Panelists at IPWatchdog’s Artificial Intelligence Masters Program today debated how artificial intelligence (AI) interacts with intellectual property protection, and how laws around who (or what) can be an inventor or creator, as well as areas like patent eligibility, will need to evolve to ensure the continued “gold standard” status of the U.S. IP system. Attorneys working on some of the biggest cases in the AI space today took part in day one of AI Masters, including Professor Ryan Abbott, who is representing Stephen Thaler in his myriad of cases involving the AI machine, DABUS, both in the United States and elsewhere, and Van Lindberg, who represented Kristina Kashtanova in their recent bid to copyright a partially AI-generated graphic novel.
In a precedential decision published Monday, the United States Court of Appeals for the Federal Circuit (CAFC) affirmed the Patent Trial and Appeal Board’s (PTAB) decision to invalidate a pharmaceutical patent owned by the University of Minnesota. Gilead Sciences filed an inter partes review (IPR) in 2017 challenging the claims of the university’s U.S. Patent 8,815,830 as unpatentable. The ‘830 patent covers chemical compounds that prevent the reproduction of viruses or the growth of cancerous tumors. The PTAB found that the University of Minnesota failed to provide a sufficient written description that supported the patent’s priority claim. The Board thus concluded that the patent would not guide a skilled artisan to the patent’s claims. The CAFC agreed with the PTAB’s decision and with the ruling that a 2010 patent application publication filed by Gilead was “prior art” over the university’s patent.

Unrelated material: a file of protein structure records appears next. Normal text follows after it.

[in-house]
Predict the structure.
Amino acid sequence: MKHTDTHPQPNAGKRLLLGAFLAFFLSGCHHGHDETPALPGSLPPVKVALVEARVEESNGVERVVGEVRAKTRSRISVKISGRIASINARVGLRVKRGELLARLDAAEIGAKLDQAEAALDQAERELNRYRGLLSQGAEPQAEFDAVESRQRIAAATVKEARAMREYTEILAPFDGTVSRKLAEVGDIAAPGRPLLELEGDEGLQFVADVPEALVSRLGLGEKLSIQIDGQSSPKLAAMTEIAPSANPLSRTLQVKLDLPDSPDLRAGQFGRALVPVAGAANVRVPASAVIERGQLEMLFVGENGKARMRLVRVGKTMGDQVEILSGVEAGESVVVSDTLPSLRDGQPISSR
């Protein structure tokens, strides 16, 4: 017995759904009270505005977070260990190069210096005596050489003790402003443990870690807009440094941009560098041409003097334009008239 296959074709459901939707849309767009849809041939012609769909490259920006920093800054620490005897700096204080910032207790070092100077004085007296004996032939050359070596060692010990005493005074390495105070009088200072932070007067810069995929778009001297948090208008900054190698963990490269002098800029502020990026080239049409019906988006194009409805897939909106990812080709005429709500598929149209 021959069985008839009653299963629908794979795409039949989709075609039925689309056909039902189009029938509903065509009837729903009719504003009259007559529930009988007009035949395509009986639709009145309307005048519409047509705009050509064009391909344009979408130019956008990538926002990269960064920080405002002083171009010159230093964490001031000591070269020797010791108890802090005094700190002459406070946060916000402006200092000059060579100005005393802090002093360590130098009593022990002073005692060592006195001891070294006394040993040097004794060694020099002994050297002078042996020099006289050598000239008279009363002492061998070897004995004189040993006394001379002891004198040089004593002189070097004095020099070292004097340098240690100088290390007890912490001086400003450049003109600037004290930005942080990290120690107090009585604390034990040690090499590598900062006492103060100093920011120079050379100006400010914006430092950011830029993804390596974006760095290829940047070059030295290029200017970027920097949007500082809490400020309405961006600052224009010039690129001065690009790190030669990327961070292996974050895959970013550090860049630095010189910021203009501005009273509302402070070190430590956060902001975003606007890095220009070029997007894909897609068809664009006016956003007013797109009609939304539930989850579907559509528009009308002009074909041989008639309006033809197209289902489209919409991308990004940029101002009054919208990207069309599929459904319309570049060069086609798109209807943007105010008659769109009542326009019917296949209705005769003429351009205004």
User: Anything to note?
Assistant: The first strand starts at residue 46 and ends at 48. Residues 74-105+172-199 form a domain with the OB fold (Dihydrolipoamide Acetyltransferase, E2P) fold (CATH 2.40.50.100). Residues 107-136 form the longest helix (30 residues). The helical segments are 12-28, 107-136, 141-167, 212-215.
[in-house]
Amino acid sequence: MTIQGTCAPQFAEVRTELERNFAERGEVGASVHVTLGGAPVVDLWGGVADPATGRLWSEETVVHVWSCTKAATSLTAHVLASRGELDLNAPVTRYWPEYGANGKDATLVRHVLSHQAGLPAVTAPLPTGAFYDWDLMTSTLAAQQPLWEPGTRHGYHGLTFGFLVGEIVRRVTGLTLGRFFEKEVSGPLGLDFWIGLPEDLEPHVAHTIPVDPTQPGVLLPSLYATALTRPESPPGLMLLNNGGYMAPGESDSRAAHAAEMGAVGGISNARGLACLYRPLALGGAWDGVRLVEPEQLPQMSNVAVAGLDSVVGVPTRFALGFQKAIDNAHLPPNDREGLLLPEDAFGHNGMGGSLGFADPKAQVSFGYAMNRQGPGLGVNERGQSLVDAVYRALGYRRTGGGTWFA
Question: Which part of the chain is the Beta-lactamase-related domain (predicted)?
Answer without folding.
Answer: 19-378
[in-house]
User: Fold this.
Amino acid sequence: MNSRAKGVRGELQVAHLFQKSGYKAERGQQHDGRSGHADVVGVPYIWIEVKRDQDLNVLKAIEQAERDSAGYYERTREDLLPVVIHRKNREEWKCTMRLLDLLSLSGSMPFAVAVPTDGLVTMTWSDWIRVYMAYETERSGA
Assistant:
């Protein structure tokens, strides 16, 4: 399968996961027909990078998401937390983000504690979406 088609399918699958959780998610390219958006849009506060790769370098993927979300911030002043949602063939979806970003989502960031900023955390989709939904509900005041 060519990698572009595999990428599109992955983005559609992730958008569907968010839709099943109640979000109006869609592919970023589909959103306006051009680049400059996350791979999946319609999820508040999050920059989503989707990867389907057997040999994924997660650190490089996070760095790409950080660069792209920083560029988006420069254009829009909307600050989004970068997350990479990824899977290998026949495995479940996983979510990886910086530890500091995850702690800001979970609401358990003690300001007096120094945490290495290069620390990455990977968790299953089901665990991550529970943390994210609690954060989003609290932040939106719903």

Patents essential to standards are surrounded by discussion, dispute and litigation. A key focus of this activity is how to decide on what is a fair, reasonable and non-discriminatory (FRAND) rate for using standard-essential patents (SEPs), and arrive at a number that both licensor and licensee can accept. In other words, we need a “path to success”. To accomplish this, I think what is needed first is a good method or approach to doing the calculation of a rate, a method which both parties can agree on. Once the parties have agreed on how to calculate, the licensing negotiations will likely be streamlined and there might be an easier and speedier path to success.
The U.S. Court of Appeals for the Federal Circuit (CAFC) on Monday granted Patent Quality Assurance’s (PQA’s) motion to dismiss its January 24 petition for a writ of mandamus asking the CAFC to restore it as a party to its high-profile inter partes review (IPR) proceeding against VLSI Technology. U.S. Patent and Trademark Office (USPTO) Director Kathi Vidal in December 2022 ruled that PQA abused the IPR process by filing an IPR and threatening to join a separate IPR against VLSI in order to receive a payout from the technology firm. She also found that PQA misrepresented an “exclusive engagement” with a witness, Dr. Adit Singh, who was involved in another IPR petition against VLSI brought by OpenSky. She sanctioned PQA by dismissing it from the proceeding and said that, “though the behavior here may not be as egregious as that of OpenSky… I find that PQA’s behavior, nonetheless, amounts to an abuse of process.”
The United States Court of Appeals for the Federal Circuit (CAFC) ruled on March 1 that the Patent Trial and Appeal Board (PTAB) erred in its analysis of an inter partes review (IPR) filed by streaming giants Netflix and Hulu. The CAFC vacated and remanded the case, ordering the PTAB to once again review the patent dispute filed against DivX. “Because the Board legally erred in its obviousness analysis, and the error cannot be regarded as harmless, we vacate and remand,” wrote the CAFC judges in their ruling. Netflix and Hulu petitioned the PTAB to carry out an IPR in February 2020 of DivX’s U.S. Patent No. 10,225,588. The petition claimed the ‘588 patent was unpatentable due to obviousness.